Newly arrived in New Fiddleham, New England, 1892, and in need of a job, Abigail Rook meets R. F. Jackaby, an investigator of the unexplained with a keen eye for the extraordinary–including the ability to see supernatural beings. Abigail has a gift for noticing ordinary but important details, which makes her perfect for the position of Jackaby’s assistant. On her first day, Abigail finds herself in the midst of a thrilling case: A serial killer is on the loose. The police are convinced it’s an ordinary villain, but Jackaby is certain it’s a nonhuman creature, whose existence the police–with the exception of a handsome young detective named Charlie Cane–deny.

Doctor Who meets Sherlock in William Ritter’s debut novel, which features a detective of the paranormal as seen through the eyes of his adventurous and intelligent assistant in a tale brimming with cheeky humor and a dose of the macabre.

My Review

The Chicago Tribune called it “Sherlock Holmes crossed with Buffy the Vampire Slayer”.  It is, in a way.  Jackaby does act like Sherlock Holmes, but with a lighter, flittier air about him.

Abigail Rook arrives fresh off the boat in New Fiddleham, New England in 1892, having left Europe in search of adventure.  Rather than stay at the boarding school her parents enrolled her in, she took the money and joined an expedition headed for the Carpathian Mountains.  When the expedition folded, Abigail headed for America instead of returning home to England and face her parents.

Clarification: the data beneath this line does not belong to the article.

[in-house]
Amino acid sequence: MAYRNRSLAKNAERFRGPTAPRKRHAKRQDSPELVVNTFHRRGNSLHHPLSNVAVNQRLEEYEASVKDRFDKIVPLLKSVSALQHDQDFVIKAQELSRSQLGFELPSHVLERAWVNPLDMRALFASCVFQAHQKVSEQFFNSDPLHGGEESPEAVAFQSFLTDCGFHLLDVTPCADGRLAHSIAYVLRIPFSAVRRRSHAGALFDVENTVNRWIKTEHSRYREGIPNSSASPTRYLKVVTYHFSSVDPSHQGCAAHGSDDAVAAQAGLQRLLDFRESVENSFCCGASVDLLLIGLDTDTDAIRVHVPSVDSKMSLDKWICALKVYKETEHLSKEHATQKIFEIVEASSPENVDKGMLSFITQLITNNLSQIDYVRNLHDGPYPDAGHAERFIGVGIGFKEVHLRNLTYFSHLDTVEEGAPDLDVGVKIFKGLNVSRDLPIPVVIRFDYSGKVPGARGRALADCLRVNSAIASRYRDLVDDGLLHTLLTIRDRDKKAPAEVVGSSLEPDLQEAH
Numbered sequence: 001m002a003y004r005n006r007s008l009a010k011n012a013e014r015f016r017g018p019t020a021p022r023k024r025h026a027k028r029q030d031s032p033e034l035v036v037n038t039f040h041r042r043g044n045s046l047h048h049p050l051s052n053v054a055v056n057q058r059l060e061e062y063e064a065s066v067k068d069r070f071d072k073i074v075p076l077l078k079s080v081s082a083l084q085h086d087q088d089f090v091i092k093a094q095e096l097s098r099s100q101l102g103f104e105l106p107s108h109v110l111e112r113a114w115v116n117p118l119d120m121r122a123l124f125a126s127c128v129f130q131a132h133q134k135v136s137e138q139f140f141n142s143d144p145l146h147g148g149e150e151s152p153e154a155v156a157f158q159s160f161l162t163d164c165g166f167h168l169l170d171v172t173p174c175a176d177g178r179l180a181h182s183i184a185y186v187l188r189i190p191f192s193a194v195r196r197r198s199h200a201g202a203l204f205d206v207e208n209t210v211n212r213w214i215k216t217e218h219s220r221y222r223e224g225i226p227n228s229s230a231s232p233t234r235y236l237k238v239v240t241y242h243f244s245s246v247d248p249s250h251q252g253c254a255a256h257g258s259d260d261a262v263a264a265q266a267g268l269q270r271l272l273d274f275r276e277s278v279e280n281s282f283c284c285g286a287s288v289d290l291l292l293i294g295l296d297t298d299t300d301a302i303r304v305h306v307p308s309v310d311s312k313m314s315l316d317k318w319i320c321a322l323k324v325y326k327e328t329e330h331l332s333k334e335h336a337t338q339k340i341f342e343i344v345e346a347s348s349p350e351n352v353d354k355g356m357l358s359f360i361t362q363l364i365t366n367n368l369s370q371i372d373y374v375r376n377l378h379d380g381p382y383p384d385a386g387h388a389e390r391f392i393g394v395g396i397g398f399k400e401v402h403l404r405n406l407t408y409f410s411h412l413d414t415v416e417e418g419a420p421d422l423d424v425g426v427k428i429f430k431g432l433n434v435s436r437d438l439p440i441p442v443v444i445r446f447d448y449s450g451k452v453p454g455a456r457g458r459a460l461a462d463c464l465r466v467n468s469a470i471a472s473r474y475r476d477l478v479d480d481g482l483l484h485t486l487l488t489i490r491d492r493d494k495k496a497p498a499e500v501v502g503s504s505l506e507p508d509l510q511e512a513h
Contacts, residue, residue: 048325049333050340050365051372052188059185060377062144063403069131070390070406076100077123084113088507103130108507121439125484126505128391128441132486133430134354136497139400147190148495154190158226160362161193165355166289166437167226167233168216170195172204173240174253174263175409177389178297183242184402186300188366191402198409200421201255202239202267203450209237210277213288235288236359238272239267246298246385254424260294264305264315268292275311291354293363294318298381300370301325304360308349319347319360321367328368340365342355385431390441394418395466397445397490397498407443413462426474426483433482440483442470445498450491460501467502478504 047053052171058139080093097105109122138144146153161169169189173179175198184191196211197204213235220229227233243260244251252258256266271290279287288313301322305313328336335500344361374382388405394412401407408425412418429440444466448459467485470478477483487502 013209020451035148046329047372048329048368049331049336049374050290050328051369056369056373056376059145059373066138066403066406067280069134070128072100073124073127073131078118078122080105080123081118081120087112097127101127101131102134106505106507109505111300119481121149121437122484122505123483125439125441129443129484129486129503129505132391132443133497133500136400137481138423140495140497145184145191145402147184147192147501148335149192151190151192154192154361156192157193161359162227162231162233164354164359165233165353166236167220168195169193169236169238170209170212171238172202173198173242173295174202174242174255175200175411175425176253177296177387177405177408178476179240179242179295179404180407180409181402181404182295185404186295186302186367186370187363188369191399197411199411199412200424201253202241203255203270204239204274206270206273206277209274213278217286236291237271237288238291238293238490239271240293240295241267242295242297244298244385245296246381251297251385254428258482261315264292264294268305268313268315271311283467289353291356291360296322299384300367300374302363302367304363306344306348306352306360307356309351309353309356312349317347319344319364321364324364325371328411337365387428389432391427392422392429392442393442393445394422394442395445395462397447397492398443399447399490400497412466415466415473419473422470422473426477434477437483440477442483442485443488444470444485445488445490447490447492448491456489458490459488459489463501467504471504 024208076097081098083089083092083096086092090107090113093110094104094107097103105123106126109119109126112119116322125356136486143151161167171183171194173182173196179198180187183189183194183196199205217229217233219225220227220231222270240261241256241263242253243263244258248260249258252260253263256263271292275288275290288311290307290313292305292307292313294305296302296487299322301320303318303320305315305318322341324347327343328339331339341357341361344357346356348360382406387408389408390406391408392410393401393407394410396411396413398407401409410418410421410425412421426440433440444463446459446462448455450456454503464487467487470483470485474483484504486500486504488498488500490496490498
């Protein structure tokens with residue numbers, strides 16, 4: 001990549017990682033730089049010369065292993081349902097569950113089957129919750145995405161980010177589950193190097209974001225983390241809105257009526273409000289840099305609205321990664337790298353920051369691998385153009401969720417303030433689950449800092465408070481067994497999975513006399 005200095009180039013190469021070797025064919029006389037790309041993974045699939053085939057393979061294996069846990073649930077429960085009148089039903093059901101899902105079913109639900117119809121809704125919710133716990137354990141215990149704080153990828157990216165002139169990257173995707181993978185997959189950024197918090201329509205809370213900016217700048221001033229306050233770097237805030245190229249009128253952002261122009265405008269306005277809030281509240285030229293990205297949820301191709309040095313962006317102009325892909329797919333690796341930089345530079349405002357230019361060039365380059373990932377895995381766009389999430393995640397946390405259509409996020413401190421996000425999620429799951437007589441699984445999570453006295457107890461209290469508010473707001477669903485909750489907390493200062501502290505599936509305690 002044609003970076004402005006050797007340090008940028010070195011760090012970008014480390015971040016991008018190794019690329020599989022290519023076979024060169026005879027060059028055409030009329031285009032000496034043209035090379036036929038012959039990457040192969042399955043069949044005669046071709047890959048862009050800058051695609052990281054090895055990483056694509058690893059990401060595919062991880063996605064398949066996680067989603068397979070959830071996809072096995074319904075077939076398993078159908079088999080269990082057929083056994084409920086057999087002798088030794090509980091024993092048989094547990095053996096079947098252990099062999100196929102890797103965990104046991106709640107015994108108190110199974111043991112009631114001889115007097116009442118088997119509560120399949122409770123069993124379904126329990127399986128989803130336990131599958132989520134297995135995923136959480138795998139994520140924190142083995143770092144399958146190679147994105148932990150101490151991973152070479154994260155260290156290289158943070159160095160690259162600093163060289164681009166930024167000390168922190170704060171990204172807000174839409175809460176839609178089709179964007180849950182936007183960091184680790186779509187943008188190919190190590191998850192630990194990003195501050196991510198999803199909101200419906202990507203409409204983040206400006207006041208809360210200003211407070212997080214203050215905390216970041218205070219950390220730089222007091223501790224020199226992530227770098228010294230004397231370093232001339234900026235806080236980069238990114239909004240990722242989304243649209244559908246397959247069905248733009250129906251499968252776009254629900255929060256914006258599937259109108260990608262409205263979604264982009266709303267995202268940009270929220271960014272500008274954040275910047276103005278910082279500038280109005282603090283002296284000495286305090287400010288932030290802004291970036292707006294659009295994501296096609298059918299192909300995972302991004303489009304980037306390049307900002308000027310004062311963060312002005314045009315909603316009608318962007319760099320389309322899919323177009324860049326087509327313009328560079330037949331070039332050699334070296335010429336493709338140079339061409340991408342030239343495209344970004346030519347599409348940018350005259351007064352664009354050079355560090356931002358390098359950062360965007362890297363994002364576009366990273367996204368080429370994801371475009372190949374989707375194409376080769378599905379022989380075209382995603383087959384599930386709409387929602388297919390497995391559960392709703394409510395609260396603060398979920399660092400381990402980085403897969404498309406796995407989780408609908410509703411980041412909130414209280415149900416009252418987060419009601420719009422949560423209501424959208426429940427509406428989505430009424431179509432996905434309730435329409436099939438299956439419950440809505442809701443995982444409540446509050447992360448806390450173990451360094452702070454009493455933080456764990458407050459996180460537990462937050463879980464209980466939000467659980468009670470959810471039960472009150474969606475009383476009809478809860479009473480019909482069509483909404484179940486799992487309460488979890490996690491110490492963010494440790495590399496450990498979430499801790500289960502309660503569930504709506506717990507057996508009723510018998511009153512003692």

In New England, Abigail finds employment with R.F. Jackaby, an eccentric young investigator who specializes in cases dealing with the paranormal.  Abigail is suited to deal with Jackaby, who is not one held in the highest esteem with the townspeople.  When a serial killer is on the loose, it is Jackaby and Abigail who find themselves in the center of the turmoil.

This book is a light-hearted romp and filled with fun characters and an enjoyable, easy-to-read story line.  This is the first book in a series and I look forward to reading the others.

 

The Name of the Star by Maureen Johnson – Book Review

 

Rating: 5/5 Stars

Goodreads Description

Louisiana teenager Rory Deveaux arrives in London to start a new life at boarding school just as a series of brutal murders mimicking the horrific Jack the Ripper killing spree of more than a century ago has broken out across the city. The police are left with few leads and no witnesses. Except one. Rory spotted the man believed to be the prime suspect. But she is the only one who saw him – the only one who can see him. And now Rory has become his next target…unless she can tap her previously unknown abilities to turn the tables.

My Review

Rory Deveaux’s family relocates from Louisiana to England for work and Rory is enrolled in a London boarding school.  She becomes good friends with her roommate Jazza and Jazza’s friend Jerome.  A good portion of the beginning of the book is dedicated to Rory adjusting to England, boarding school, and her interactions with her roommate and other students.